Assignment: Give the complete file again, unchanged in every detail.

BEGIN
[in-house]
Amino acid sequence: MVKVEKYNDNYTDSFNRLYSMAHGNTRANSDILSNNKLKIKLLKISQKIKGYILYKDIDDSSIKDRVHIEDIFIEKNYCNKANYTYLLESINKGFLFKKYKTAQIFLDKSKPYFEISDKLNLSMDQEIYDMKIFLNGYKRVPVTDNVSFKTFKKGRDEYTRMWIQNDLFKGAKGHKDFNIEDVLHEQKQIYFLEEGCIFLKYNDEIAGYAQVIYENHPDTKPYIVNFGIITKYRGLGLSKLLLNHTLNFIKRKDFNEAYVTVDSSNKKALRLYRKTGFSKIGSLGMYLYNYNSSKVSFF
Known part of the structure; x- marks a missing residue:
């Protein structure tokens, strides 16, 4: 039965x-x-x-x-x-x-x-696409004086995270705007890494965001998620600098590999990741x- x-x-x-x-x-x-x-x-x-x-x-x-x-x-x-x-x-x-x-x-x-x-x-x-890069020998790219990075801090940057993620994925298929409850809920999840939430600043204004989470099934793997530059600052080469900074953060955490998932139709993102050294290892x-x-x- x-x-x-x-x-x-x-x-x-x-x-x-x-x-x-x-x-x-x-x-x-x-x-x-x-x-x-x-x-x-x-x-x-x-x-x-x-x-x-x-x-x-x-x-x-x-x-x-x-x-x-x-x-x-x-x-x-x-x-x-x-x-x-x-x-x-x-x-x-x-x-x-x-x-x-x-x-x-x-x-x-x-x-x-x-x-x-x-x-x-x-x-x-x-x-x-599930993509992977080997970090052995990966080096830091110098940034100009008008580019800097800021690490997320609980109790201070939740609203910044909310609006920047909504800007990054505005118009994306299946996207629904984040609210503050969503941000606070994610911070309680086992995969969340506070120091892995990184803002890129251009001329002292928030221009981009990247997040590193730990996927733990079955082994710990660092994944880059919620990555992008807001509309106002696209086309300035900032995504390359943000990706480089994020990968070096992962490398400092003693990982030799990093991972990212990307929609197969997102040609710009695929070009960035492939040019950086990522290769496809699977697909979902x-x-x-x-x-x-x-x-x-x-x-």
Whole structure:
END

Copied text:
[in-house]
Amino acid sequence: MVKVEKYNDNYTDSFNRLYSMAHGNTRANSDILSNNKLKIKLLKISQKIKGYILYKDIDDSSIKDRVHIEDIFIEKNYCNKANYTYLLESINKGFLFKKYKTAQIFLDKSKPYFEISDKLNLSMDQEIYDMKIFLNGYKRVPVTDNVSFKTFKKGRDEYTRMWIQNDLFKGAKGHKDFNIEDVLHEQKQIYFLEEGCIFLKYNDEIAGYAQVIYENHPDTKPYIVNFGIITKYRGLGLSKLLLNHTLNFIKRKDFNEAYVTVDSSNKKALRLYRKTGFSKIGSLGMYLYNYNSSKVSFF
Known part of the structure; x- marks a missing residue:
């Protein structure tokens, strides 16, 4: 039965x-x-x-x-x-x-x-696409004086995270705007890494965001998620600098590999990741x- x-x-x-x-x-x-x-x-x-x-x-x-x-x-x-x-x-x-x-x-x-x-x-x-890069020998790219990075801090940057993620994925298929409850809920999840939430600043204004989470099934793997530059600052080469900074953060955490998932139709993102050294290892x-x-x- x-x-x-x-x-x-x-x-x-x-x-x-x-x-x-x-x-x-x-x-x-x-x-x-x-x-x-x-x-x-x-x-x-x-x-x-x-x-x-x-x-x-x-x-x-x-x-x-x-x-x-x-x-x-x-x-x-x-x-x-x-x-x-x-x-x-x-x-x-x-x-x-x-x-x-x-x-x-x-x-x-x-x-x-x-x-x-x-x-x-x-x-x-x-x-x-599930993509992977080997970090052995990966080096830091110098940034100009008008580019800097800021690490997320609980109790201070939740609203910044909310609006920047909504800007990054505005118009994306299946996207629904984040609210503050969503941000606070994610911070309680086992995969969340506070120091892995990184803002890129251009001329002292928030221009981009990247997040590193730990996927733990079955082994710990660092994944880059919620990555992008807001509309106002696209086309300035900032995504390359943000990706480089994020990968070096992962490398400092003693990982030799990093991972990212990307929609197969997102040609710009695929070009960035492939040019950086990522290769496809699977697909979902x-x-x-x-x-x-x-x-x-x-x-």
Whole structure: